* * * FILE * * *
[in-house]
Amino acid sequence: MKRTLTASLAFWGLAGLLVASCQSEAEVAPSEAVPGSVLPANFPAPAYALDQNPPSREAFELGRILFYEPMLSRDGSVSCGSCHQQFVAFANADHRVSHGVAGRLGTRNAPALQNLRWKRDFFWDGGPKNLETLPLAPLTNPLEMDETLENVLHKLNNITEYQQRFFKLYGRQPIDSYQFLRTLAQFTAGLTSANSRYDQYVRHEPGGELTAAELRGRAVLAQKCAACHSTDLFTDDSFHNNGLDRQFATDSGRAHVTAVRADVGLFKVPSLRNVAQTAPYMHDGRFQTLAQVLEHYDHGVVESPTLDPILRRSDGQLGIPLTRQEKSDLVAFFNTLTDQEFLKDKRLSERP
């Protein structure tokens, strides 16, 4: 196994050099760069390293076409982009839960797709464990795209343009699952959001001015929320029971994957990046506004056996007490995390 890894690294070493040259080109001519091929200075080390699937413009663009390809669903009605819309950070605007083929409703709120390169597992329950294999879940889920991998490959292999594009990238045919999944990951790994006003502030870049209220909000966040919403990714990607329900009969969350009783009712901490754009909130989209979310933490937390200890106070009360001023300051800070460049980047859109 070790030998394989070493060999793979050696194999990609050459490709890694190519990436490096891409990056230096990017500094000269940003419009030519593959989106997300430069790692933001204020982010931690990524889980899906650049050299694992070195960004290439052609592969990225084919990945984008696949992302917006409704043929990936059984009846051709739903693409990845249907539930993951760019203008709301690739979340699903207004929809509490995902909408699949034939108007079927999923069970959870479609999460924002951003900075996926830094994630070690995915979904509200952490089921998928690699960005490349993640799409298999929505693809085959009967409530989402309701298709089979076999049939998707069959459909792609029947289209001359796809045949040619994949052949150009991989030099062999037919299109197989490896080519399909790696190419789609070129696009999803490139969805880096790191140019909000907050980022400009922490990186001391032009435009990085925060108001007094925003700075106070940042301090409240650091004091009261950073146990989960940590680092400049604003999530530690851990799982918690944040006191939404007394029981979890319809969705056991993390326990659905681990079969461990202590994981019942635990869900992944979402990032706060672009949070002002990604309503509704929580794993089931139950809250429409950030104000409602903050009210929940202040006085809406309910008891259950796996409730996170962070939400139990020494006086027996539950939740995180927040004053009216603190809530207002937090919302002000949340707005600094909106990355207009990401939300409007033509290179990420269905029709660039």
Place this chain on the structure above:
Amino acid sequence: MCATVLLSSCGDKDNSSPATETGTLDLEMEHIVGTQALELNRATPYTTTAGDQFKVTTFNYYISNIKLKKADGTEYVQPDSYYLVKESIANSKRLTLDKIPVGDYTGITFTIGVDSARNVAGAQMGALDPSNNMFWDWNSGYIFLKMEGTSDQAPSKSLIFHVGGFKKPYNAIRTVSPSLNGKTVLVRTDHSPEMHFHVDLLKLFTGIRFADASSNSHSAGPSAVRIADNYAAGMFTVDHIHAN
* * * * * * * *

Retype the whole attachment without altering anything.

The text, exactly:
[in-house]
Amino acid sequence: MKRTLTASLAFWGLAGLLVASCQSEAEVAPSEAVPGSVLPANFPAPAYALDQNPPSREAFELGRILFYEPMLSRDGSVSCGSCHQQFVAFANADHRVSHGVAGRLGTRNAPALQNLRWKRDFFWDGGPKNLETLPLAPLTNPLEMDETLENVLHKLNNITEYQQRFFKLYGRQPIDSYQFLRTLAQFTAGLTSANSRYDQYVRHEPGGELTAAELRGRAVLAQKCAACHSTDLFTDDSFHNNGLDRQFATDSGRAHVTAVRADVGLFKVPSLRNVAQTAPYMHDGRFQTLAQVLEHYDHGVVESPTLDPILRRSDGQLGIPLTRQEKSDLVAFFNTLTDQEFLKDKRLSERP
């Protein structure tokens, strides 16, 4: 196994050099760069390293076409982009839960797709464990795209343009699952959001001015929320029971994957990046506004056996007490995390 890894690294070493040259080109001519091929200075080390699937413009663009390809669903009605819309950070605007083929409703709120390169597992329950294999879940889920991998490959292999594009990238045919999944990951790994006003502030870049209220909000966040919403990714990607329900009969969350009783009712901490754009909130989209979310933490937390200890106070009360001023300051800070460049980047859109 070790030998394989070493060999793979050696194999990609050459490709890694190519990436490096891409990056230096990017500094000269940003419009030519593959989106997300430069790692933001204020982010931690990524889980899906650049050299694992070195960004290439052609592969990225084919990945984008696949992302917006409704043929990936059984009846051709739903693409990845249907539930993951760019203008709301690739979340699903207004929809509490995902909408699949034939108007079927999923069970959870479609999460924002951003900075996926830094994630070690995915979904509200952490089921998928690699960005490349993640799409298999929505693809085959009967409530989402309701298709089979076999049939998707069959459909792609029947289209001359796809045949040619994949052949150009991989030099062999037919299109197989490896080519399909790696190419789609070129696009999803490139969805880096790191140019909000907050980022400009922490990186001391032009435009990085925060108001007094925003700075106070940042301090409240650091004091009261950073146990989960940590680092400049604003999530530690851990799982918690944040006191939404007394029981979890319809969705056991993390326990659905681990079969461990202590994981019942635990869900992944979402990032706060672009949070002002990604309503509704929580794993089931139950809250429409950030104000409602903050009210929940202040006085809406309910008891259950796996409730996170962070939400139990020494006086027996539950939740995180927040004053009216603190809530207002937090919302002000949340707005600094909106990355207009990401939300409007033509290179990420269905029709660039």
Place this chain on the structure above:
Amino acid sequence: MCATVLLSSCGDKDNSSPATETGTLDLEMEHIVGTQALELNRATPYTTTAGDQFKVTTFNYYISNIKLKKADGTEYVQPDSYYLVKESIANSKRLTLDKIPVGDYTGITFTIGVDSARNVAGAQMGALDPSNNMFWDWNSGYIFLKMEGTSDQAPSKSLIFHVGGFKKPYNAIRTVSPSLNGKTVLVRTDHSPEMHFHVDLLKLFTGIRFADASSNSHSAGPSAVRIADNYAAGMFTVDHIHAN